Intel’s E-Cores Amplify Power Consumption in Select Games, Failing to Enhance Performance


November 17, 2023 by our News Team

Intel's 12th, 13th, and 14th Generation Core processors have been found to increase power consumption in select games, failing to enhance performance as intended.

  • Intel has introduced a new feature called APO to address this behavior in their latest desktop CPUs.
  • The introduction of APO provides a workaround for some users.
  • It appears that the "E" cores on the 12th, 13th, and 14th Generation Core processors, which are designed to improve power efficiency, are not delivering the expected results.


Intel’s E-Cores Amplify Power Consumption in Select Games, Failing to Enhance Performance

An interesting discovery has been made regarding Intel CPUs, thanks to the diligent investigation by GamersNexus. It appears that the “E” cores on the 12th, 13th, and 14th Generation Core processors, which are designed to improve power efficiency, are not delivering the expected results. Instead of enhancing performance, these cores seem to be increasing power consumption without providing any significant benefits.

The purpose of the E cores is to handle less sensitive threads, while the primary threads are prioritized for the P cores. However, in most games, it seems that the P cores are doing most of the heavy lifting while the E cores remain idle. This discrepancy was first noticed in Metro Exodus when running the game at the “Low” graphics preset.

Interestingly, enabling the Application Optimizer (APO) in Metro Exodus resulted in a reduction in power consumption and an improvement in performance. While this might sound like a positive outcome, it is not beneficial for the majority of gamers using Intel’s hybrid-core CPUs.

Upon closer examination, it was discovered that the E cores were being assigned threads that were better suited for the performance cores. This mismatch led to a decrease in performance and an increase in power draw. However, with APO enabled, this anomaly is corrected by the Windows scheduler, resulting in a significant reduction in power consumption of up to 230W. This is quite surprising considering that the E cores were initially intended to reduce power draw, not amplify it.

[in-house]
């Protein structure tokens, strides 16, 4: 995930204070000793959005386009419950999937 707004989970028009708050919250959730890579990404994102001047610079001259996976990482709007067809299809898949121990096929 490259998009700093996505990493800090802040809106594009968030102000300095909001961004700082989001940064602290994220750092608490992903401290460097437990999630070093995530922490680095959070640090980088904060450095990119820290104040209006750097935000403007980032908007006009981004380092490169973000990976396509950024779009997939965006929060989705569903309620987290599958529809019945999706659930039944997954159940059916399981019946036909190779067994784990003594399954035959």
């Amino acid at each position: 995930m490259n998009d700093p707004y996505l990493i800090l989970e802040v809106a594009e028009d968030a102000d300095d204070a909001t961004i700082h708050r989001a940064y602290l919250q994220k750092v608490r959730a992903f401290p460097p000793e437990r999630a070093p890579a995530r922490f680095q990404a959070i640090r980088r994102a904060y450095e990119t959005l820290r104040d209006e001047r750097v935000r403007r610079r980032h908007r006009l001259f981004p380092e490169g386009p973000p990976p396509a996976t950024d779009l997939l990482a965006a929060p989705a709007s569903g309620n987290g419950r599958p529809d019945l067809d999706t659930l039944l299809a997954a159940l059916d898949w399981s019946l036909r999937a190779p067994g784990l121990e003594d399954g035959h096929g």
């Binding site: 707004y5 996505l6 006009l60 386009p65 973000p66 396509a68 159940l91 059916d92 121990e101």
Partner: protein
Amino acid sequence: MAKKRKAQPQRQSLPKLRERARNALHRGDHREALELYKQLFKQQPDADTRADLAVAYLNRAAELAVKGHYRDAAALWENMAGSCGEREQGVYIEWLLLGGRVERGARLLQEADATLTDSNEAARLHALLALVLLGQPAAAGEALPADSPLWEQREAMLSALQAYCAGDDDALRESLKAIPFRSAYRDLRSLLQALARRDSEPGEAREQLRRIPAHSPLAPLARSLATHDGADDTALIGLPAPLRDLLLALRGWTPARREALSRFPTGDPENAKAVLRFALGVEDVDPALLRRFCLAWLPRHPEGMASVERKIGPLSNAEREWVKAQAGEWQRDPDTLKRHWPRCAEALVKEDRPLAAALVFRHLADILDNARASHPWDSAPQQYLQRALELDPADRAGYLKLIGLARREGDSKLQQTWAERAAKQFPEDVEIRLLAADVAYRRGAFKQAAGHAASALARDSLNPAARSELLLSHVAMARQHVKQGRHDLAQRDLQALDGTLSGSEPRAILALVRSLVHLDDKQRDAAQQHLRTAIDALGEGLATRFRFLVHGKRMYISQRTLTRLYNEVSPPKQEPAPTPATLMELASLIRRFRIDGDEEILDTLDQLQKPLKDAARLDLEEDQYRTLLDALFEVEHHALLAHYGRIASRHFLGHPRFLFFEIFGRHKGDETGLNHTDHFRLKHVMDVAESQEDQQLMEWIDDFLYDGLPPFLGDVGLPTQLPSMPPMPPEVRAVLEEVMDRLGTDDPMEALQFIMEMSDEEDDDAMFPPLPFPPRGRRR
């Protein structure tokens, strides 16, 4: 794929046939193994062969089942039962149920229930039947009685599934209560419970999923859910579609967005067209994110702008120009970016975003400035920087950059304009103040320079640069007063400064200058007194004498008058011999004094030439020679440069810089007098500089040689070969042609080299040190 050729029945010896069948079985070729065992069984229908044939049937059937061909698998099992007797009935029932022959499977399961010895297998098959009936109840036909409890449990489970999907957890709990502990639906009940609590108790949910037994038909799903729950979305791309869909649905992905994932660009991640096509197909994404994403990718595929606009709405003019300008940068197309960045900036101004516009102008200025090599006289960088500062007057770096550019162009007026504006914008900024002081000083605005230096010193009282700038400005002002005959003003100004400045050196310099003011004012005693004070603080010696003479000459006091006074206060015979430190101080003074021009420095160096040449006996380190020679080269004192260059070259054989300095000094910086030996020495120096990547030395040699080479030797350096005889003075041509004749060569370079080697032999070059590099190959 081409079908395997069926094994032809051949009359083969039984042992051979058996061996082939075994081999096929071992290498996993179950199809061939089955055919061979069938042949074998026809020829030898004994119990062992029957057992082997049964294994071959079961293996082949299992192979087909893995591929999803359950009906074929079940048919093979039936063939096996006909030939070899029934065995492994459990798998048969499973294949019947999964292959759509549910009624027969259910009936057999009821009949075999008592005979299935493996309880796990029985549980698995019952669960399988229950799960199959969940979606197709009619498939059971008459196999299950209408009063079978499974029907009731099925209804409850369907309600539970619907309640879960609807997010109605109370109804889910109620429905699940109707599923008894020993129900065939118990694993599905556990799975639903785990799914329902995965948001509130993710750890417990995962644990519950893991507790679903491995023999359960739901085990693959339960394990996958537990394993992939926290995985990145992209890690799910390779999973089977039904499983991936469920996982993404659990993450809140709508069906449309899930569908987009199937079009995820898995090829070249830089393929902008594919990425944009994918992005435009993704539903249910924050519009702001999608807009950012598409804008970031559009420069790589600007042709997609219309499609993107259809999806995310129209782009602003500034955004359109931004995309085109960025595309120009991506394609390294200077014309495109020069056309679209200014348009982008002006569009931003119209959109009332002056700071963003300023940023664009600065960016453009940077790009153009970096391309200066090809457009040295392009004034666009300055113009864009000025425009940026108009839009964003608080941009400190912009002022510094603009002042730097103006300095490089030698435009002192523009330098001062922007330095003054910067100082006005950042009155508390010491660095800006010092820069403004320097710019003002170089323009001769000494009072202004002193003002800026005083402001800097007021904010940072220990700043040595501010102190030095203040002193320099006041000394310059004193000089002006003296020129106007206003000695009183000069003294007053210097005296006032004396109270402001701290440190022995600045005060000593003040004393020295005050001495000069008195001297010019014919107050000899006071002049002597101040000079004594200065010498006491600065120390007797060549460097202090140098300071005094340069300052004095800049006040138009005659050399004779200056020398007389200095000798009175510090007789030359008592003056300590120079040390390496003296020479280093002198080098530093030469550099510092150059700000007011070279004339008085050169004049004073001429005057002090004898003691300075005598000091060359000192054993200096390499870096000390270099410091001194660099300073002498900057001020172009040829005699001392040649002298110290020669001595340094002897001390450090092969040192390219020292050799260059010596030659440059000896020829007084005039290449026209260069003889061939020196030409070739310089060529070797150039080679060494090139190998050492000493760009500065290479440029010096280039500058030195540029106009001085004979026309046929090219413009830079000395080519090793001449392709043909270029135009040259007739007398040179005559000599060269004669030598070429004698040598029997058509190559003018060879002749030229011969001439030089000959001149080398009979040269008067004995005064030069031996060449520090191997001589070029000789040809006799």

Fortunately, this issue seems to be limited to specific scenarios, such as running Metro Exodus at the “Low” graphics setting. Intel has introduced a new feature called APO to address this behavior in their latest desktop CPUs. However, it is important to note that APO is only supported on two of the fastest 14th Generation chips. This limitation poses a challenge for gamers using the 13th Generation counterparts, as they do not have access to this solution.

In conclusion, the discovery of the power consumption irregularity in Intel’s E cores is a significant finding. While these cores were designed to enhance power efficiency, they seem to be doing the opposite in certain gaming scenarios. The introduction of APO provides a workaround for some users, but its limited compatibility raises concerns for those using older generation CPUs. It remains to be seen how Intel will address this issue and whether future iterations of their processors will deliver the promised power efficiency improvements.

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Background Information


About Intel: Intel Corporation, a global technology leader, is for its semiconductor innovations that power computing and communication devices worldwide. As a pioneer in microprocessor technology, Intel has left an indelible mark on the evolution of computing with its processors that drive everything from PCs to data centers and beyond. With a history of advancements, Intel's relentless pursuit of innovation continues to shape the digital landscape, offering solutions that empower businesses and individuals to achieve new levels of productivity and connectivity.

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Technology Explained


E-Cores: E-Cores (Efficiency Cores) are a type of technology used in the computer industry to provide a more efficient and reliable way of powering and cooling computer components. They are made up of a combination of copper and aluminum, and are designed to be more efficient than traditional copper cores. E-Cores are used in a variety of applications, such as in CPUs, GPUs, and other computer components. They are also used in servers, laptops, and other electronic devices. The technology is designed to reduce heat and power consumption, while also providing a more reliable and efficient way of powering and cooling computer components.





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